Sacramento mom Erin Gottis knew she wasn’t going to send her 9-year-old son Mason back into the classroom this fall well before his school district announced plans to start the academic year with distance learning.
Mason has severe asthma and Type 1 diabetes. Keeping him healthy and out of the hospital for something as simple as getting a cold during a normal school year was hard enough, Gottis, 39, said. Physically sending him back to school amid COVID-19 could kill him.
“There’s just no way he’s going to school unless they can give a 100% guarantee he won’t contract the coronavirus,” Gottis said. “Which is impossible at this point.”
Many California families like hers are bracing for months if not years of educating their medically fragile kids at home. They won’t send their kids to class until there’s a widely available vaccine or treatment for COVID-19.
Mason is one of 14,612 students in Sacramento City Unified School District with chronic health conditions that range from allergies to more life-threatening illnesses that could render these kids vulnerable to the worst of COVID-19. More than 2,550 students needed an emergency care plan during the 2018-2019 school year due to medical issues like seizure disorders and anaphylactic allergies, according to the district’s student support and health services department report.
The California Department of Education doesn’t have statewide numbers to show how many families are facing choices like Gottis.
Still, the state is developing guidelines to make schools safe again for immuncompromised children.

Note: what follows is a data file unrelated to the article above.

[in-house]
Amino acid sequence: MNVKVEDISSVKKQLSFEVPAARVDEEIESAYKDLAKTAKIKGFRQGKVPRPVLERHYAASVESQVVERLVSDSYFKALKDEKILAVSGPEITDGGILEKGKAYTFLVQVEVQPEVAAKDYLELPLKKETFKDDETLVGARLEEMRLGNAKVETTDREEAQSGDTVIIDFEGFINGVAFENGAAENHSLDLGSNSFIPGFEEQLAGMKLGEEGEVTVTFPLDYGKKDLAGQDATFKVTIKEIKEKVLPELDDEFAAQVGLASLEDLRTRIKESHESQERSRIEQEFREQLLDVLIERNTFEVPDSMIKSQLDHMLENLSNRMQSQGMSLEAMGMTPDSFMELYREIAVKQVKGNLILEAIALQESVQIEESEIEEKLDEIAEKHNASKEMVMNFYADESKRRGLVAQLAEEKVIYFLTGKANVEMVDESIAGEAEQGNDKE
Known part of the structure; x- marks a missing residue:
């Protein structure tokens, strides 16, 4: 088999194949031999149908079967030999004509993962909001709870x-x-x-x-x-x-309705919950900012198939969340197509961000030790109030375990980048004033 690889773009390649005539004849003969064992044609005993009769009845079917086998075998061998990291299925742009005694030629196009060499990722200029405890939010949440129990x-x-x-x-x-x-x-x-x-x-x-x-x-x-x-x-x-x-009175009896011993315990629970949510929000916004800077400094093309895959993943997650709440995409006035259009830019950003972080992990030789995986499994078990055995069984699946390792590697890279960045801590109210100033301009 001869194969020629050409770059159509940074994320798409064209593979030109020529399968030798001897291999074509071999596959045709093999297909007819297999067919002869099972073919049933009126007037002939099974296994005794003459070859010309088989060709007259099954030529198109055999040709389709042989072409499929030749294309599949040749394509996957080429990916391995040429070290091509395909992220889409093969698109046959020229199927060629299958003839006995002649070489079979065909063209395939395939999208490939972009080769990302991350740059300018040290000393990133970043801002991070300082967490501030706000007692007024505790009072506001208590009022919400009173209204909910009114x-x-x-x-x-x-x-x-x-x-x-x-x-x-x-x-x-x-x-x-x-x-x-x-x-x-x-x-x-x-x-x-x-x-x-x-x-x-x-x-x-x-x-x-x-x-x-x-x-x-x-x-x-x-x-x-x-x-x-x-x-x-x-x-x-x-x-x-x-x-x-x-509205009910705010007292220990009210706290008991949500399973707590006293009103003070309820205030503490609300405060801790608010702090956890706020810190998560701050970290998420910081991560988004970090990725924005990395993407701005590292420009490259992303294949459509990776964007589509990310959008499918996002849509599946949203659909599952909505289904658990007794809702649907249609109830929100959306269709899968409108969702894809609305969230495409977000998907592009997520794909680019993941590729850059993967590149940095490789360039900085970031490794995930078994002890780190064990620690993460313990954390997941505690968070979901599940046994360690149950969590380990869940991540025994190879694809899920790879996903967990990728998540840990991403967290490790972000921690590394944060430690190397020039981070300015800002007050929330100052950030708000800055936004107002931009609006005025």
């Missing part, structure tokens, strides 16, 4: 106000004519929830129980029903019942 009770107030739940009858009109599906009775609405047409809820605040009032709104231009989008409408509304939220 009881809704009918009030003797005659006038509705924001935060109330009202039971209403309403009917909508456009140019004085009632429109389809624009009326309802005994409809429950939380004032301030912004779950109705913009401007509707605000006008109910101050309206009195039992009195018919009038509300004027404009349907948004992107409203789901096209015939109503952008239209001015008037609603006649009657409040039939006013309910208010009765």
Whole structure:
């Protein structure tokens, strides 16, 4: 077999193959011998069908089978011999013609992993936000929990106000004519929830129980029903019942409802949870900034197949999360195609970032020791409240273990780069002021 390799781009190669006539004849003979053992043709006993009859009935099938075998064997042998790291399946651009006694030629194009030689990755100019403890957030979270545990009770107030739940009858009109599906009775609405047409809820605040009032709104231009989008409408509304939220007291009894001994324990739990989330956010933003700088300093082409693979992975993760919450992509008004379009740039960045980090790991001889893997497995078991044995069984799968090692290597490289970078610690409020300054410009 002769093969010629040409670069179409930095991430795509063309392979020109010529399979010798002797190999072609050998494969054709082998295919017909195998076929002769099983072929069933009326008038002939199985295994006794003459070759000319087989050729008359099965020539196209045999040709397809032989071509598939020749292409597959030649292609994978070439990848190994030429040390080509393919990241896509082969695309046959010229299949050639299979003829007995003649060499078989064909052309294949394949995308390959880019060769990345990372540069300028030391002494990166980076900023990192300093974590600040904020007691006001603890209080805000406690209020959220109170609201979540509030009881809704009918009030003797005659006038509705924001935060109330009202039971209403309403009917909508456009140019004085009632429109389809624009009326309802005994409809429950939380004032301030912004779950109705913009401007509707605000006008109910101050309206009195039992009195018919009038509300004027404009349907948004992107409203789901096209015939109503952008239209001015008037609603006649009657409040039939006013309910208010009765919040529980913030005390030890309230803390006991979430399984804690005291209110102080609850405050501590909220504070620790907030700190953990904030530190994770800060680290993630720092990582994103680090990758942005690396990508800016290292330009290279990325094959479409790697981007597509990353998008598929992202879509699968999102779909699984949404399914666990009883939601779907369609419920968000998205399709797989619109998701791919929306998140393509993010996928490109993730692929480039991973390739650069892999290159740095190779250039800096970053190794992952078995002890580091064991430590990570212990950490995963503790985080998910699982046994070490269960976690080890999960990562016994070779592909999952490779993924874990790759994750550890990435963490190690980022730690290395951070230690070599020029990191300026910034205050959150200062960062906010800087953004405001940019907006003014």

Its reopening guidebook for schools emphasizes widespread use of protective gear like masks, temperature checks and health screenings. The recommendations underscore the importance of these health precautions particularly for medically vulnerable children.
The department’s recommendations encourage schools to find innovative ways for at-risk students to connect with their peers and teachers if it’s not safe for them to be physically in the classroom.
But those good intentions conflict with what parents know about their own children. “We are anticipating not this entire school year,” Gottis said, meaning she won’t send him to school even if Sacrament City Unified calls kids back to class in the winter.
Dr. John Takayama, a pediatrician at UCSF Benioff Children’s Hospital who specializes in care for children with unique medical needs, said he helps these families weigh their options before they decide to pull their kids from school or push them back into the classroom. The decisions often depend on the severity of the kids’ conditions.
“Asthma may mean different things for different families,” Takayama said. “COVID-19 can have sort of similar mild respiratory symptoms (to a cold), but for others it could be a death threat.”
Classroom in an apartment
During a normal school day before the coronavirus outbreak, Mason would attend class with his own licensed vocational nurse. Gottis said she communicated nearly constantly with staff regarding Mason’s meals and activities. COVID-19 would make that routine even more complicated, she said.
Instead, she prepared her family’s two-bedroom Midtown apartment with homework bins, work stations and new computers for homeschooling when Sacramento announced its decision to delay in-person instruction. Gov. Gavin Newsom on July 17 announced education guidelines that make it likely most California kids will start the school year online.
Erin Richardson, a Ventura County mom of two, also didn’t wait for a top-down decision before she decided to keep her 7-year-old son Jayden Wesley home for at least the start of the year.